IASM: Radar & Sequences

Jeff Hollon, who is working on his Ph.D. in Interdisciplinary Applied Science and Mathematics (IASM), has been working with Professor K.T. Arasu on research that applies sequences to things like radar systems.

Radar systems, error correcting codes, cell networks applications and data security all use sequences of numbers. Mathematicians call these strings of numbers sequences, engineers call them signals and computer scientists would call them codes. 

Hollon earned a Bachelor of Science and a Master of Science in Mathematics at Wright State University. He completed his thesis on weighing matrices. While growing up in Wilmington, Ohio, he always had an interest in computer science. But after taking chemistry and physics he discovered how math is involved in everything.

Hollon has been working with Professor Arasu since 2008 as his research assistant while pursuing his masters.  As a teacher, he would travel back to Wright State University to assist Arasu with his research groups because he loved the subject matter. The connection has lasted through the years and they are still working together on sequences research.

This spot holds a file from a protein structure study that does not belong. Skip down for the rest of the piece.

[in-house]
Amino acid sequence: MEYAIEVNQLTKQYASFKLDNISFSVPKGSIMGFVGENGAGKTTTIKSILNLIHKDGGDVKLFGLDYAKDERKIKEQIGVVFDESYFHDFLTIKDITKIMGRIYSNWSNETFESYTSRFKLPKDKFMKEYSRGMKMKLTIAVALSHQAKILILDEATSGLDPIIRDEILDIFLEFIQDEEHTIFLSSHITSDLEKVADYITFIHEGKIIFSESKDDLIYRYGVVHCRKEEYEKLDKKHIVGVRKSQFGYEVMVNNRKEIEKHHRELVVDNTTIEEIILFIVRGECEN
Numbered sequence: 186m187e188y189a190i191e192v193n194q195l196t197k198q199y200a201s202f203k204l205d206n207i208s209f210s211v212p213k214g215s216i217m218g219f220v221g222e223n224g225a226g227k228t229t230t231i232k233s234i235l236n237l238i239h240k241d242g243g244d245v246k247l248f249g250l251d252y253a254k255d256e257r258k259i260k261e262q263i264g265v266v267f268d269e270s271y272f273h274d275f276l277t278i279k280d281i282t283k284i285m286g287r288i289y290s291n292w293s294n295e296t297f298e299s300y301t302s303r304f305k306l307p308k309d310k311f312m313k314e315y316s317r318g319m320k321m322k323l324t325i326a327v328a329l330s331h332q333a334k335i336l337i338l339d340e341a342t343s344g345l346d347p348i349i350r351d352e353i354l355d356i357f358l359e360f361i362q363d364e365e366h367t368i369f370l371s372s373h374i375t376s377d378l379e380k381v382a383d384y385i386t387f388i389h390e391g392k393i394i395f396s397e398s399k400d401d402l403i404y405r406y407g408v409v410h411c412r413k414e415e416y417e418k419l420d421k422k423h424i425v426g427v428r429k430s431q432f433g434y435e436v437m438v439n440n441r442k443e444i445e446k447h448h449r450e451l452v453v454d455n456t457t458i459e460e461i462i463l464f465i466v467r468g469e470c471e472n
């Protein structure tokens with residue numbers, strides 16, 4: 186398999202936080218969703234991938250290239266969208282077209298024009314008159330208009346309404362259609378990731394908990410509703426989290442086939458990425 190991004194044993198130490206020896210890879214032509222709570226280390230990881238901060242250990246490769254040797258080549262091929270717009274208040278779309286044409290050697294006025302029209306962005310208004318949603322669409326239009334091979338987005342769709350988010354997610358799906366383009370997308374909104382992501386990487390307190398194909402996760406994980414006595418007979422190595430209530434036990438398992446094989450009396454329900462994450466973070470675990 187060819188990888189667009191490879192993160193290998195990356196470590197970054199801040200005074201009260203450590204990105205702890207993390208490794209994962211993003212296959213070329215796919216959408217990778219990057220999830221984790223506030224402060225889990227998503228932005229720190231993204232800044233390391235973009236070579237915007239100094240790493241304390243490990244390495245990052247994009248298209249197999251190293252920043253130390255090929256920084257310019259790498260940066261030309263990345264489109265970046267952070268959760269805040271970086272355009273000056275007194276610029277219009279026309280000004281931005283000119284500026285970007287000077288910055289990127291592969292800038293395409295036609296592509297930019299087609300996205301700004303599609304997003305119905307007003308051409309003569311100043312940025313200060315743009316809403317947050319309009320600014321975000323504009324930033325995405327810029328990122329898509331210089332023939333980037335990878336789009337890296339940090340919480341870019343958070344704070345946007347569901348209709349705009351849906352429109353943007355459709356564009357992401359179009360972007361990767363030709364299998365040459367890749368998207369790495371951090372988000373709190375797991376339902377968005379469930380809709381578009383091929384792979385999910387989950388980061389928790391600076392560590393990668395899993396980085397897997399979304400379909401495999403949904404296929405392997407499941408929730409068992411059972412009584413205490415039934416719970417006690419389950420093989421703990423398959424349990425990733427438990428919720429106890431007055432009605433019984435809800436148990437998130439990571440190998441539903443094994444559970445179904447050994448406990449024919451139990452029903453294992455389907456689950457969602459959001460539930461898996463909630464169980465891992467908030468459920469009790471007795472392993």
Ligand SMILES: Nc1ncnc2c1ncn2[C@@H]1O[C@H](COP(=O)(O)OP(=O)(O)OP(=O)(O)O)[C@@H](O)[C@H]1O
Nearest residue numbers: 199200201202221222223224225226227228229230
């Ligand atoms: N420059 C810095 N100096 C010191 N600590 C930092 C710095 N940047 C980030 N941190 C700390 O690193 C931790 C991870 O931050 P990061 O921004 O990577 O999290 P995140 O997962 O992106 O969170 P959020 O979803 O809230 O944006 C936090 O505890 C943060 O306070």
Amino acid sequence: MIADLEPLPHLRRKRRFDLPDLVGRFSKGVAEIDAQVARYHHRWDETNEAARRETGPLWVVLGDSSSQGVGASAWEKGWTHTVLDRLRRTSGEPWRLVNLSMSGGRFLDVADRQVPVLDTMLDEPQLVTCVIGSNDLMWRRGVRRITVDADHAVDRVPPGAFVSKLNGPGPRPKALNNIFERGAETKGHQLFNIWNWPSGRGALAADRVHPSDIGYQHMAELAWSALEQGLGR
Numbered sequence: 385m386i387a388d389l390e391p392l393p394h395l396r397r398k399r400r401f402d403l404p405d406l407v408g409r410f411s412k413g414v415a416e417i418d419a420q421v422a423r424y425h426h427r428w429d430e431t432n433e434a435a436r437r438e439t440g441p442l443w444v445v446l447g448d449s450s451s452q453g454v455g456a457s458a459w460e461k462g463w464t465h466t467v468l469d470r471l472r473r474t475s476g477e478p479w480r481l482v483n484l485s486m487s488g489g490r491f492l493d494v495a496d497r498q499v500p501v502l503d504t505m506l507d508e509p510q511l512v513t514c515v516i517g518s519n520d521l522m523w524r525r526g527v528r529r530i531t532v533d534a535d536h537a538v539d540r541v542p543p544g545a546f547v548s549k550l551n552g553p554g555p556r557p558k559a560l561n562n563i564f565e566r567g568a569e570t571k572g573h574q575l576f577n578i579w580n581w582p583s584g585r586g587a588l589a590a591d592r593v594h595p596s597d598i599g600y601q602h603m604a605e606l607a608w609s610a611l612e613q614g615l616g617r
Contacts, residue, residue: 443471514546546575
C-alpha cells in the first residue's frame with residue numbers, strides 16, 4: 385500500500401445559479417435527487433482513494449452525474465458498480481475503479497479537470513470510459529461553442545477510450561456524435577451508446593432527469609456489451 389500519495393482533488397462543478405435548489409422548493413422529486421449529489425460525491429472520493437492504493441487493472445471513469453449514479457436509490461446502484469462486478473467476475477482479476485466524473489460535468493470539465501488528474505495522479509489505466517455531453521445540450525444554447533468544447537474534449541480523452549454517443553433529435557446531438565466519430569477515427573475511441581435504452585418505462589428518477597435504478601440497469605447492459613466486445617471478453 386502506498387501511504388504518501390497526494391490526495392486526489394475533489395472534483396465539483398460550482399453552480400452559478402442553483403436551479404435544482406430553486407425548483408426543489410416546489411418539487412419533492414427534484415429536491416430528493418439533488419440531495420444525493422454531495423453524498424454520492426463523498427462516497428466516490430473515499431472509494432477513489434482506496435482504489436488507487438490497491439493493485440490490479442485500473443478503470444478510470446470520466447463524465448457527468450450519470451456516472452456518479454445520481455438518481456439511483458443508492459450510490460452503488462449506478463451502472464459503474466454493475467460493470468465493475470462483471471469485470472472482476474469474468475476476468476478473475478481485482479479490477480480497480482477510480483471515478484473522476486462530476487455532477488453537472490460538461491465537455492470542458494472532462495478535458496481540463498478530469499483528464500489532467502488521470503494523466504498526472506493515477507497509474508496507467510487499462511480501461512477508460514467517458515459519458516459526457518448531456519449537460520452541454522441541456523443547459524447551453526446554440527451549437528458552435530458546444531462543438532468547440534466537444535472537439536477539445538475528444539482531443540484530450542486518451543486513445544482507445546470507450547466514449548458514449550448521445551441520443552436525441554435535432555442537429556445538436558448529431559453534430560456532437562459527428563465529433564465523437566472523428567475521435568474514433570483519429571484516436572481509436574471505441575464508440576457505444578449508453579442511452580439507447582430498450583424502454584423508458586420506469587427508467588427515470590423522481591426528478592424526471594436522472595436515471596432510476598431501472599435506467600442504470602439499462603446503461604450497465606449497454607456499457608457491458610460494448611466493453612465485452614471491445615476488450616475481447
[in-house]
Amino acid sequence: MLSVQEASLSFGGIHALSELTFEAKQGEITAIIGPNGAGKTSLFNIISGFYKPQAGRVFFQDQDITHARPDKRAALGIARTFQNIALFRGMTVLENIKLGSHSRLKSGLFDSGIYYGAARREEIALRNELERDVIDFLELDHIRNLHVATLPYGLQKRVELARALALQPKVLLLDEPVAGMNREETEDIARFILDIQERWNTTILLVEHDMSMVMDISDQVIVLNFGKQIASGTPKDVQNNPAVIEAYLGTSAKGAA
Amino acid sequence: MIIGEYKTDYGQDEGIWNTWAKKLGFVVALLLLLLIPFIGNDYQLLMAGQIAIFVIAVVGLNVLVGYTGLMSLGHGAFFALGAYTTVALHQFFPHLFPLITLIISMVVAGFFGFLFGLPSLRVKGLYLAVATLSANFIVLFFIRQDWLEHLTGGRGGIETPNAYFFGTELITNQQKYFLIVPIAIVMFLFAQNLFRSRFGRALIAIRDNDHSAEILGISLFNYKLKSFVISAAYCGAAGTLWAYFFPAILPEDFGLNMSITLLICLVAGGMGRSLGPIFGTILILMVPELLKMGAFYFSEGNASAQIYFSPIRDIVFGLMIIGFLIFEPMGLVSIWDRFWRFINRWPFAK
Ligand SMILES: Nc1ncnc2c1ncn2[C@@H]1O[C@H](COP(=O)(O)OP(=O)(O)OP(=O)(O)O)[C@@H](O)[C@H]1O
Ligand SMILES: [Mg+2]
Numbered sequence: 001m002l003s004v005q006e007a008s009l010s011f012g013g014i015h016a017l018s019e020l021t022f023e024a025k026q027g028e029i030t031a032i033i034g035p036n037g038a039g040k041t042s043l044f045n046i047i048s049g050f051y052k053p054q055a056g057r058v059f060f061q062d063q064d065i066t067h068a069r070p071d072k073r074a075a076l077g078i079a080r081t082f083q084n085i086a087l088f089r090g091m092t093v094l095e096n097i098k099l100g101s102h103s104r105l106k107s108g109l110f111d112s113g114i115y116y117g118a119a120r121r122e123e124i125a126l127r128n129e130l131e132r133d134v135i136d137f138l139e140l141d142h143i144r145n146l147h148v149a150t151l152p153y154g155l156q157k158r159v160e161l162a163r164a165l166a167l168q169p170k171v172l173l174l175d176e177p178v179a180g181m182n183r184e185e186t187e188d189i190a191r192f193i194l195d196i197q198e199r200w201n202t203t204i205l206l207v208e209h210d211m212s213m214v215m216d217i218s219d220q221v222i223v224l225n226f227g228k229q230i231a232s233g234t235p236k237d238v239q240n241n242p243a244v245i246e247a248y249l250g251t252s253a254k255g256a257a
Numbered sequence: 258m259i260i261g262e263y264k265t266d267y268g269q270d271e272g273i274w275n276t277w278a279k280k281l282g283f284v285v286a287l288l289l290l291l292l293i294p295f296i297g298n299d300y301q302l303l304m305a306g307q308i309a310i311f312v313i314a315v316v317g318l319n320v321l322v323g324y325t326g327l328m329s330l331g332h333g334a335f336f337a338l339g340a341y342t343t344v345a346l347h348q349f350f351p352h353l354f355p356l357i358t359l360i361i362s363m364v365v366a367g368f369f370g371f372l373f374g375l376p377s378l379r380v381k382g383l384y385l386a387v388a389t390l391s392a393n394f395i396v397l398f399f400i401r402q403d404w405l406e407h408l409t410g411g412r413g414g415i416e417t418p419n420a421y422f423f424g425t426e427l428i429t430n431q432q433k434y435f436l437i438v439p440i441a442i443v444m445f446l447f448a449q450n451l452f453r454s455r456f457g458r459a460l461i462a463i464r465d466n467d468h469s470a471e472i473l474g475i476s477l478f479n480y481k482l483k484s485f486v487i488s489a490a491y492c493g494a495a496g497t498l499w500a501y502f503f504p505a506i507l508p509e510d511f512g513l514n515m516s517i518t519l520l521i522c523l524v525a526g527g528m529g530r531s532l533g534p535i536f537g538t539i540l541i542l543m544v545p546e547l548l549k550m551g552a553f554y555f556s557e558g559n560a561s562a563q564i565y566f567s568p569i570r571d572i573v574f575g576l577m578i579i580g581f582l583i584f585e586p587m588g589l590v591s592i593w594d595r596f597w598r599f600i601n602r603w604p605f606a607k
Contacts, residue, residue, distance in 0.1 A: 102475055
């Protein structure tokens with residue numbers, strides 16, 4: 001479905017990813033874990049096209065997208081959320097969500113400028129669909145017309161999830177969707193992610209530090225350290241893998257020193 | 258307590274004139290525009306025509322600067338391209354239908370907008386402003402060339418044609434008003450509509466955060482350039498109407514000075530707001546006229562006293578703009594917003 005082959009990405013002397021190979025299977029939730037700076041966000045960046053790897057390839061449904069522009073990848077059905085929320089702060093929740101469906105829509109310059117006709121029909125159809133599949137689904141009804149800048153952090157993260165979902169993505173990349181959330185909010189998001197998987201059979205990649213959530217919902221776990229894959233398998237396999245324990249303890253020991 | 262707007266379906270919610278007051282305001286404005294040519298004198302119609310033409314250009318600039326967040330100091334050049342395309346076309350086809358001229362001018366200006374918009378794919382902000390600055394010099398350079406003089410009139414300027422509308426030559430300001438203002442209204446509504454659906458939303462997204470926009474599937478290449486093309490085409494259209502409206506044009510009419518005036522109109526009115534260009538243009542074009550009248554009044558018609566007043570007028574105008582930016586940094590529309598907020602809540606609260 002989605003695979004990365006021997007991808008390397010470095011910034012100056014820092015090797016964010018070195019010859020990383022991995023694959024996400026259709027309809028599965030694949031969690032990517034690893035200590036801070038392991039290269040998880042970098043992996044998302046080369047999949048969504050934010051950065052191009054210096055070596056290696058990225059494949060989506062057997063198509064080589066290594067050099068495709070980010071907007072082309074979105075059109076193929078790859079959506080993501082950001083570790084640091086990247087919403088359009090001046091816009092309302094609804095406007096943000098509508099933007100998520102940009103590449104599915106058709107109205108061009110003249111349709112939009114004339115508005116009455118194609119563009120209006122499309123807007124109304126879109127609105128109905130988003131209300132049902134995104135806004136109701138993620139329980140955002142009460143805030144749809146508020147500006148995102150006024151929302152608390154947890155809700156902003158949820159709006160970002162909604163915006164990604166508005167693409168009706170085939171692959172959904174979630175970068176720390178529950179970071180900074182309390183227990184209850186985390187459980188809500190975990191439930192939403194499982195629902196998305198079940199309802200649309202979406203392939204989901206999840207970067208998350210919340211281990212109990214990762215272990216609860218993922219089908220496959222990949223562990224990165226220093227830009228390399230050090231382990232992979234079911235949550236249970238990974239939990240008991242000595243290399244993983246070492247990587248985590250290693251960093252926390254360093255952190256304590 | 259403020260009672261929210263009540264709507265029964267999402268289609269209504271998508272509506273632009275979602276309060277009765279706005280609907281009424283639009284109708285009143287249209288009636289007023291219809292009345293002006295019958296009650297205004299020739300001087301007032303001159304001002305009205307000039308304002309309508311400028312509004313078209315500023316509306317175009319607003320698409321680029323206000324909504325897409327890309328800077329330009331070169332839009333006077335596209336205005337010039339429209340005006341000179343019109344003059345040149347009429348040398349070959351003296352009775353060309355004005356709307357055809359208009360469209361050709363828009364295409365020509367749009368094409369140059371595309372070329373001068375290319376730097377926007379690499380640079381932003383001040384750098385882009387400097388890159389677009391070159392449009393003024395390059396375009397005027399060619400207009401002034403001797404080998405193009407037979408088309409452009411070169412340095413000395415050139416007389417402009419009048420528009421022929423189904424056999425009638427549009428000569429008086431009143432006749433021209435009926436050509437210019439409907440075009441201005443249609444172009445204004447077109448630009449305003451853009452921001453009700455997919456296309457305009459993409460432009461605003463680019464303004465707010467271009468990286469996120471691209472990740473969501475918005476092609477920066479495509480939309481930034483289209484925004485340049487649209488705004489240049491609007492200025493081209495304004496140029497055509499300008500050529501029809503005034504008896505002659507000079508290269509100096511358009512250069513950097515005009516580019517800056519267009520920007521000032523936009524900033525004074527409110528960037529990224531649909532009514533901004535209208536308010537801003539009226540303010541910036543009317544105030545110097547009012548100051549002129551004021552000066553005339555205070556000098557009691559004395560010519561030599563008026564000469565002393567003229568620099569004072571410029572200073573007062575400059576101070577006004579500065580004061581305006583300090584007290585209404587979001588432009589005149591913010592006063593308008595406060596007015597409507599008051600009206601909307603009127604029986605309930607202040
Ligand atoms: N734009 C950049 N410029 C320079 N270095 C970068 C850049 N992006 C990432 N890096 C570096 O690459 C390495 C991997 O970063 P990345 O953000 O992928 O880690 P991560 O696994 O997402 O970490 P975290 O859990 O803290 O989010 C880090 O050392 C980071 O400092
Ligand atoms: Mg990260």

A sequence is a string of numbers - usually using a binary or ternary alphabet.  For example, {0,1} or {-1,0,1} are the letters that are used to make them.  A "nice" sequence shows a consistent pattern, referred to as a correlation and can be used in a computer or a signal such as radars, and in erroring correcting codes. In radars, the sequence itself is what is transmitted to the target and its reflection is measured. The reflection makes a shifted waveform. The shifted waveform is compared to the original waveform and a correlation is made.

All computers use codes and with the ability to encode messages and detect errors. Mathematicians, like Hollon, can mathematically form a sequence to fix codes, usually before the user notices. The errors in stored data can be detected and corrected because the code is fixed.

“I enjoy working with sequences because it combines both traditional mathematical theories and challenging computational problems into one research topic.  Plus, once found, these sequences can be used for something in the real world!” said Hollon.